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Tories, or Loyalists, were Americans who sided with England during the Revolutionary War. They made up a significant minority in some parts of Western Virginia, including present southern West Virginia. The Loyalist movement became a special concern for inhabitants of the Monongahela Valley and the South Branch Valley, including Hampshire and present Grant and Hardy counties. Loyalist attempts to aid the British and Indians in the Upper Ohio Valley were a major threat early in the war. The Tories of that region included Alexander McKee and Simon Girty.

In early 1781, Loyalist citizens of Hampshire County, led by John Claypool, began to resist the imposition of taxes and a military draft and refused to collect beef and clothing for the Continental Army as required by the Virginia Assembly. Claypool and his Tories were confronted by the Patriot militia, led by Gen. Daniel Morgan, on Lost River, in what is now Hardy County. The militia from nearby counties pursued the Tories into the valley of the South Branch, where they finally surrendered and were brought to trial. In June 1781, in the mountainous region of present Pendleton County, another Tory insurgency was aborted and their leaders imprisoned in Staunton.

One group of the Tories fled Hampshire County and found a haven in the eastern part of what is now Randolph County, to escape the harassment of the Patriots. Uriah Gandy, the leader of the group, established a temporary refuge on two small streams that flow into the Dry Fork River and are now identified as Big Tory and Little Tory Camp runs. Gandy Creek, which flows into the Dry Fork River, was named for Uriah Gandy. Gandy later served as an early sheriff of Randolph County before migrating to Kentucky. His success in politics after the Revolution suggests that he managed to retain or reestablish a place of respect among his fellow citizens. Claypool’s followers likewise were mostly pardoned and some served later with the Patriot forces. Historian Otis Rice suggested that ‘‘war weariness’’ may have been more an issue with the Tories than a commitment to the British cause.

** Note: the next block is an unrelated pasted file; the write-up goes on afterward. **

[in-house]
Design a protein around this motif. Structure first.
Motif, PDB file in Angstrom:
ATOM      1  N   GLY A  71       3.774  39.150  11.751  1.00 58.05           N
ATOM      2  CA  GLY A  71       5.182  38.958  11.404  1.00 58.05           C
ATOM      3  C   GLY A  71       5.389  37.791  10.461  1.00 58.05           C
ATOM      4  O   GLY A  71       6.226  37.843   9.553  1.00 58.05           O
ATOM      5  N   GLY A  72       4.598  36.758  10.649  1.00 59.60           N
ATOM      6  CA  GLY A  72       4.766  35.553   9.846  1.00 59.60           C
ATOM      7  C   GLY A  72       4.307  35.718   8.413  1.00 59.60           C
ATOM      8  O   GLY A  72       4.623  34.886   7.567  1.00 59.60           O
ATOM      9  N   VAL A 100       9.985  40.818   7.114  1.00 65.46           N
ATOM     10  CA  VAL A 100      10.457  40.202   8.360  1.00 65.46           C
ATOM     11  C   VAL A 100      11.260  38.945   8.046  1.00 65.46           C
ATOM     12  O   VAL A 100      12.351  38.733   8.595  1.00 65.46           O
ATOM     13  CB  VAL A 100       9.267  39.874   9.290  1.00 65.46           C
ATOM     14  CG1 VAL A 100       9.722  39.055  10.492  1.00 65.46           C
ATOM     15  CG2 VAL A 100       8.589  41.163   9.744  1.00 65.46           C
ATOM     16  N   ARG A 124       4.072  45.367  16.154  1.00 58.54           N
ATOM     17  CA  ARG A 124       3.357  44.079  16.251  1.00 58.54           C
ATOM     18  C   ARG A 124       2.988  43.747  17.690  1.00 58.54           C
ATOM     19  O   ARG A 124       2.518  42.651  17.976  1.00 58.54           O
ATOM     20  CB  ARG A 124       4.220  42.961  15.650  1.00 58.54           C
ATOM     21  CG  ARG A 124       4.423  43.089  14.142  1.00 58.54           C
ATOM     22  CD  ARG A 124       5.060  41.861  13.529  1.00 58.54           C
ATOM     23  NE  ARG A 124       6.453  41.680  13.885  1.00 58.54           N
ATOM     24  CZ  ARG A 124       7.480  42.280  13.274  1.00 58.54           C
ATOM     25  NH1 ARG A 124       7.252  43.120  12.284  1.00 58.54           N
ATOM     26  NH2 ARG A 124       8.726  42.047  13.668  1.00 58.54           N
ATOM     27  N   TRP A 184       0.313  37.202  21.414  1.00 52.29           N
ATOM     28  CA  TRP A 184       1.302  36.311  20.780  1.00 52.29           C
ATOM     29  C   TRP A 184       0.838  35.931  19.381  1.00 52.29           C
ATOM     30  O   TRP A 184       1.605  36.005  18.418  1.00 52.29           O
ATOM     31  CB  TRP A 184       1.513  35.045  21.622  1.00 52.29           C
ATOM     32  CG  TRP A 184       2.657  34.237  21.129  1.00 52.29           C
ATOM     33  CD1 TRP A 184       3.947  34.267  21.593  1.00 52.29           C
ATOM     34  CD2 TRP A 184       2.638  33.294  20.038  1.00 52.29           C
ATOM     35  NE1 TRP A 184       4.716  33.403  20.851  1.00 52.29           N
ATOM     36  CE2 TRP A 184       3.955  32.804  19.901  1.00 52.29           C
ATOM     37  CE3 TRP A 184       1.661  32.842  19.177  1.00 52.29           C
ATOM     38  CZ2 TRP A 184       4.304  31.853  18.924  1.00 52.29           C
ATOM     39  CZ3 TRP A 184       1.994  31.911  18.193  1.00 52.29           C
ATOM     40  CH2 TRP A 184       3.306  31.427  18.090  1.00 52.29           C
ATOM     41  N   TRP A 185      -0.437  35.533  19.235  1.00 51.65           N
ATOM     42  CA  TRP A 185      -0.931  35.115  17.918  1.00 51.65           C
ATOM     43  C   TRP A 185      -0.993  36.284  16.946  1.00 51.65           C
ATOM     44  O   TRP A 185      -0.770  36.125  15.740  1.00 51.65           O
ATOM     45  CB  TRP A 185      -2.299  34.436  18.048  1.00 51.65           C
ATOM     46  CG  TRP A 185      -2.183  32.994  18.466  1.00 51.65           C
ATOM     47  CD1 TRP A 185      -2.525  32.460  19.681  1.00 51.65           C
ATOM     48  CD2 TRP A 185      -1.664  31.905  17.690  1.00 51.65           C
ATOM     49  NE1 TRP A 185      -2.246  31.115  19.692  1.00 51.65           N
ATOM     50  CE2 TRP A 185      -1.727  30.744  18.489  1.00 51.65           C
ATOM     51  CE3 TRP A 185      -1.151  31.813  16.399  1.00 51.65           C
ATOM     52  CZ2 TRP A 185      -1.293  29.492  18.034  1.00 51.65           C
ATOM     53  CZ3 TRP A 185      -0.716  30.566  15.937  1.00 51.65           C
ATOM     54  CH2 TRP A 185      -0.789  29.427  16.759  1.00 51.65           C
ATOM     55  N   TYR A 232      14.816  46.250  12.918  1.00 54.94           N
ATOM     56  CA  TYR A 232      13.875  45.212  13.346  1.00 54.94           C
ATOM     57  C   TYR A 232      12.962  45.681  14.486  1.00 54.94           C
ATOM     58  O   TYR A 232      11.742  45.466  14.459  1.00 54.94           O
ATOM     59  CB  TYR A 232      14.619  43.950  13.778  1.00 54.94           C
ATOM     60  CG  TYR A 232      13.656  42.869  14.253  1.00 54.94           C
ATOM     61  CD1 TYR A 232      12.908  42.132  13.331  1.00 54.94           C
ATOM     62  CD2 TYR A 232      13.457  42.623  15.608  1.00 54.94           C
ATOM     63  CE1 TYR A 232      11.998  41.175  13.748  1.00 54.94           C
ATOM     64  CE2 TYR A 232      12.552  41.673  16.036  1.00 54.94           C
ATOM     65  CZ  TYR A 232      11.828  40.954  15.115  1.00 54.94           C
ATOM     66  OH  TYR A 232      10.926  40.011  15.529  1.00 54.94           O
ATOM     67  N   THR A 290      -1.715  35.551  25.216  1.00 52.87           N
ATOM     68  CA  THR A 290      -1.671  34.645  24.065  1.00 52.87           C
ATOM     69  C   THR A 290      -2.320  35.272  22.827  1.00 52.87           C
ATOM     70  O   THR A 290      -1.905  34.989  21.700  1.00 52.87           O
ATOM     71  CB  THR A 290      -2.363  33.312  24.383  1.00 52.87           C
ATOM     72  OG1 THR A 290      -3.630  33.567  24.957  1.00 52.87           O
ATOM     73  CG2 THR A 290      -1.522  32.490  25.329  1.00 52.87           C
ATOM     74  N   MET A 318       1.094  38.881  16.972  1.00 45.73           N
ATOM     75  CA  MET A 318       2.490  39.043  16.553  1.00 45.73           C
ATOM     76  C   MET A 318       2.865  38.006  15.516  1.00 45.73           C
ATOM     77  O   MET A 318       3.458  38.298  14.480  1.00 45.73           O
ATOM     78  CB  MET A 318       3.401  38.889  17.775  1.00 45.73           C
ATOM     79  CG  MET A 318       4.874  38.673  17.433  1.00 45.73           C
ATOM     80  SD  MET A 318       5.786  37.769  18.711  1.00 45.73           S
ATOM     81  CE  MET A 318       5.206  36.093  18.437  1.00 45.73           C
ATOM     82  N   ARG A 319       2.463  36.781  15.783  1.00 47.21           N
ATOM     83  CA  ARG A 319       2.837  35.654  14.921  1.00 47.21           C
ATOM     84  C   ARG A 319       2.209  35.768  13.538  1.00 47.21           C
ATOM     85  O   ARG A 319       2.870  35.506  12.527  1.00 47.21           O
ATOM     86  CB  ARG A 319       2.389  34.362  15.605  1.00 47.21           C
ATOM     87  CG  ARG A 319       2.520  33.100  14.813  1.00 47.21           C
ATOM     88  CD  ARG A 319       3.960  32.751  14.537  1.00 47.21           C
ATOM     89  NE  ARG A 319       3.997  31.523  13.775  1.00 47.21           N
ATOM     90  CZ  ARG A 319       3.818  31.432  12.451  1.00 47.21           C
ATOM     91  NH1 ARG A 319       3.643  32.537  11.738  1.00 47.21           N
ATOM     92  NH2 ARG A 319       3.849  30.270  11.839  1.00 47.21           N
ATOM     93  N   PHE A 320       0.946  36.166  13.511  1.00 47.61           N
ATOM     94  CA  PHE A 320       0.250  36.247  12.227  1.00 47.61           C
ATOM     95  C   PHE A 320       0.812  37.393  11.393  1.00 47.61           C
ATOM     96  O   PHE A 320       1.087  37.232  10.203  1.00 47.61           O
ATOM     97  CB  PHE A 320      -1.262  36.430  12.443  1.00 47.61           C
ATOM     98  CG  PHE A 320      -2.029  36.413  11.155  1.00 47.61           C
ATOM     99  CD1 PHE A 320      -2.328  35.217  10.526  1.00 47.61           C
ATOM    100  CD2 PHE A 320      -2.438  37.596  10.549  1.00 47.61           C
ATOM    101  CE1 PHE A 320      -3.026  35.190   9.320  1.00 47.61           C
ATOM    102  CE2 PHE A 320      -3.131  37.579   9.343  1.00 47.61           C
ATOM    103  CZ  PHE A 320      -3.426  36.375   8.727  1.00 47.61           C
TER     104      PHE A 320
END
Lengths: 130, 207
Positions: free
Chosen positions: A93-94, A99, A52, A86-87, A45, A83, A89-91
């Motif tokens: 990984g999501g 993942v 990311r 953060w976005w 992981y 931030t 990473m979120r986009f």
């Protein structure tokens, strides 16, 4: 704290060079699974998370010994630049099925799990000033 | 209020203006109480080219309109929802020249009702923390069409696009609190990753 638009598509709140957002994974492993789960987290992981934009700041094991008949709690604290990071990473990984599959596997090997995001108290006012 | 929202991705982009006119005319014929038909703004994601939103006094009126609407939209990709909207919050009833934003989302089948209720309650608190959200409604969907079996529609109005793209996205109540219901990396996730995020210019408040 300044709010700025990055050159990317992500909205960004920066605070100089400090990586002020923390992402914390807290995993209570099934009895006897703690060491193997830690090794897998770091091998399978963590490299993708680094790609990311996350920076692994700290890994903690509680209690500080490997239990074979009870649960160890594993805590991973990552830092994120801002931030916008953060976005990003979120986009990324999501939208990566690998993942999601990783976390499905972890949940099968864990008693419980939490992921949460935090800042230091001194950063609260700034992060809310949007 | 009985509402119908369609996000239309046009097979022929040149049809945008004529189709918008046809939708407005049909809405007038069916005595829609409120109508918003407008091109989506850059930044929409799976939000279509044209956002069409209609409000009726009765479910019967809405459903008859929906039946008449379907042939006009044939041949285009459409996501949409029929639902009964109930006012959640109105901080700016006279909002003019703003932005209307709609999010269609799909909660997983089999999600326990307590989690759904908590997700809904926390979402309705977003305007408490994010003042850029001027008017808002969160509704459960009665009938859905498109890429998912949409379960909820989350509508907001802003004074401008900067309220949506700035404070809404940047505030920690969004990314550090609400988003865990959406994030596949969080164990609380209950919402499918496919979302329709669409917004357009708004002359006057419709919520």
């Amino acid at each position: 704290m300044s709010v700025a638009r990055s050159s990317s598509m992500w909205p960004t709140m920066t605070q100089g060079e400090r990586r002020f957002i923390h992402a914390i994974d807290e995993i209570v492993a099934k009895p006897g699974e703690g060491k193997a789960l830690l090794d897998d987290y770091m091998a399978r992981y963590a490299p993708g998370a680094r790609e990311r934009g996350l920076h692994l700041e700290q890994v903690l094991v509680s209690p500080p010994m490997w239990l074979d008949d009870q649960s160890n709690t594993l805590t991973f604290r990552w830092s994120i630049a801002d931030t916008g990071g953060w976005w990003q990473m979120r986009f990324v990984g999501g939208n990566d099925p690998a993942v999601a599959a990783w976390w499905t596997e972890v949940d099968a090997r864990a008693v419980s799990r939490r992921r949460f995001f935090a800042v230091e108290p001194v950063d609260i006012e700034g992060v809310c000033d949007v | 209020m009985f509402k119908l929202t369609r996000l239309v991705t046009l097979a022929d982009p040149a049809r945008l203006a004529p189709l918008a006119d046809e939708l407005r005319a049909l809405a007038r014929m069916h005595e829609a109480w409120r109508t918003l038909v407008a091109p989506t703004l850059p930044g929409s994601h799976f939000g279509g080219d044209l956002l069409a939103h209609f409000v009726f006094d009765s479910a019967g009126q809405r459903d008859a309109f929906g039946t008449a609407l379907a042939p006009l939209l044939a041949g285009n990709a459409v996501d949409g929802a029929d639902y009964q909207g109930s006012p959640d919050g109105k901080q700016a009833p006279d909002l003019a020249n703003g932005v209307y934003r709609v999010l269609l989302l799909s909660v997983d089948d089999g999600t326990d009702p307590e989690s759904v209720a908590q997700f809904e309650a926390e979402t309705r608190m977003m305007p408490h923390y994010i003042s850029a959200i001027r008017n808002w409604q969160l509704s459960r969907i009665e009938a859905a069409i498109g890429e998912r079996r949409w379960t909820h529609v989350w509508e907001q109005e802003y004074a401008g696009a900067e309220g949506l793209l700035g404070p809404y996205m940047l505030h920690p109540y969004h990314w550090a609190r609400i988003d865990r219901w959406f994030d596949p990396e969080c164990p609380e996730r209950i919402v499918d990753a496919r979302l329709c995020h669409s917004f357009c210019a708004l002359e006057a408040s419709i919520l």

This Article was written by Donald L. Rice

Last Revised on November 05, 2010


Sources

Maxwell, Hu. History of Randolph County. Morgantown: Acme Pub., 1898.

Wilson, Howard M. Great Valley Patriots: Western Virginia in the Struggle for Liberty. Verona, VA: McClure Press, 1976.

Cite This Article

Rice, Donald L. "Tories." e-WV: The West Virginia Encyclopedia. 05 November 2010. Web. 23 October 2017.

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